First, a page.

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Environ Toxicol Chem. 2001 Oct;20(10):2237-42.

Toxicity of atrazine to the estuarine phytoplankter Pavlova sp. (Prymnesiophyceae): increased sensitivity after long-term, low-level population exposure.

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  • 1Department of Biology, University of Charleston, South Carolina 29412, USA. paul.pennington@noaa.gov

Abstract

Phytoplankton are potentially more at risk to the adverse effects of herbicides than many other organisms in estuarine ecosystems. The focus of this study was to characterize the toxicity of a widely used herbicide, atrazine, to a single species of phytoplankton. The nanoplankter Pavlova sp. was grown under controlled laboratory conditions and was used to elucidate short-term, high-level population effects of atrazine. Secondly, a long-term, multigenerational population exposure was performed with a low level of atrazine followed by an additional short-term, high-level exposure on the same population with no recovery period. The 96-h growth rate of 50% effective concentration (EC50) for Pavlova sp. was 147 [microg/L (95% CI = 116.4-178.7 microg/L). Long-term exposure at 20 [microg/L for four (batch culture) growth cycles (approximately 20 generations) had no significant effect on the growth rate of Pavlova sp. except during the fourth growth cycle. However, a subsequent short-term, high-level 96-h exposure inoculated from the long-term, low-level exposed population showed increased sensitivity to atrazine (96-h growth rate EC50 = 96.0 microg/L, 95% CI = 90.2-103.7 microg/L). Multigenerational exposure to atrazine appeared to render phytoplankton significantly more sensitive (35%) to atrazine effects. Given the documented persistence of atrazine in surface waters, long-term exposure to low levels of atrazine without recovery may lead to shifts in species sensitivity and potential alterations in phytoplankton population dynamics.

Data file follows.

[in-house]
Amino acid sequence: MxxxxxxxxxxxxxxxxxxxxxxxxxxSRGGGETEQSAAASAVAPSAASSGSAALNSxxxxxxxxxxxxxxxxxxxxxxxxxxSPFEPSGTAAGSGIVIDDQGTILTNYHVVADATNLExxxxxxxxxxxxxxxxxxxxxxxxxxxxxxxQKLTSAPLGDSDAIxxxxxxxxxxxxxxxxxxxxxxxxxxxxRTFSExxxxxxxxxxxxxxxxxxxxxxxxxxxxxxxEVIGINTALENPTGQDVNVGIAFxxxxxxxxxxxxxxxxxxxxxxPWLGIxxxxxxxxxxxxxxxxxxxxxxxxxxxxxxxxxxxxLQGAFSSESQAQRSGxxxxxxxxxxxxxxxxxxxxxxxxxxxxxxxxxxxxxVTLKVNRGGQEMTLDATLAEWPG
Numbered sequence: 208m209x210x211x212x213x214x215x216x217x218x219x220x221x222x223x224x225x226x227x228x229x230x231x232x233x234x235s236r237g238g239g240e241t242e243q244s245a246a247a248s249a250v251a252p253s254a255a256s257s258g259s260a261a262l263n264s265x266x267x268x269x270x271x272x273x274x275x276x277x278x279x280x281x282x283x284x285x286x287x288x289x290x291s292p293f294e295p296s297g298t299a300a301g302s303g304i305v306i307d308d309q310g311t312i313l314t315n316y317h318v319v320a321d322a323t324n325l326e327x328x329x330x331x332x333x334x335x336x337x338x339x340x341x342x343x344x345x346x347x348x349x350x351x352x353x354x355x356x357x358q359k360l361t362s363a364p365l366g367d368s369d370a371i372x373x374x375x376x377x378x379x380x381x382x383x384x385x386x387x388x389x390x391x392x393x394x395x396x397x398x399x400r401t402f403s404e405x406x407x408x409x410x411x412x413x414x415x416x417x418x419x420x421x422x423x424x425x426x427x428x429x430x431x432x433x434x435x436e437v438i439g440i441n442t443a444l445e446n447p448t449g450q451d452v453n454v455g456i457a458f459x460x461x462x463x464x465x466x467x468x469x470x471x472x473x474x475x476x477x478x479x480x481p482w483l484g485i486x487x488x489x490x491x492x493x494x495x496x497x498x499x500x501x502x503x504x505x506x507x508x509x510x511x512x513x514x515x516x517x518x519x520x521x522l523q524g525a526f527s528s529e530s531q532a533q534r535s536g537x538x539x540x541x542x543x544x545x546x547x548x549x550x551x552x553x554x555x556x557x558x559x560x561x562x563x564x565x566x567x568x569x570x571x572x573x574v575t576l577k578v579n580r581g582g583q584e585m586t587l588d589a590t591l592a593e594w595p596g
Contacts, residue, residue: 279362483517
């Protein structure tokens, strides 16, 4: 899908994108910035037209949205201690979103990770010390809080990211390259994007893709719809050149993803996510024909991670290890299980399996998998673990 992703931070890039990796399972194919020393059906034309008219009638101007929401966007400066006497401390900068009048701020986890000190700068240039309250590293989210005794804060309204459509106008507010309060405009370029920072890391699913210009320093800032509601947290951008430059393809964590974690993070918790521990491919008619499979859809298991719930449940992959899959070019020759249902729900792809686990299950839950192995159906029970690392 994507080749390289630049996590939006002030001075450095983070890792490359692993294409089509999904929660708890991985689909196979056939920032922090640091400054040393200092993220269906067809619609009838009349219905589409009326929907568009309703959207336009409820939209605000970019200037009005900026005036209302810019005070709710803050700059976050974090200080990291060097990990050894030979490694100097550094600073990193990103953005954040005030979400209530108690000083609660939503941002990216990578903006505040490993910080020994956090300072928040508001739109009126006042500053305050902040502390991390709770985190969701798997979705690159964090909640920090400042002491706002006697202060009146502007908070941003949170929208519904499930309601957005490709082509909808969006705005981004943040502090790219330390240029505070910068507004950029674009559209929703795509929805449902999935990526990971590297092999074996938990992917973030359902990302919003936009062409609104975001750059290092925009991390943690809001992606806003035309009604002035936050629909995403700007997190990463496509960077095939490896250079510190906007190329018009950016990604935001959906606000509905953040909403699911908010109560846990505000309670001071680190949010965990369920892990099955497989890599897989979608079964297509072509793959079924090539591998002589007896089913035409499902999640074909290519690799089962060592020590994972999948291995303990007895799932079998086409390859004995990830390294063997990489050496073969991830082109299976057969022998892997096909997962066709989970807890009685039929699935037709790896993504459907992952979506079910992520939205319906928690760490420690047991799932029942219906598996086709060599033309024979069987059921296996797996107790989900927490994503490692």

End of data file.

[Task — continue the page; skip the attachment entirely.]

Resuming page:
PMID:
11596756
[PubMed - indexed for MEDLINE]
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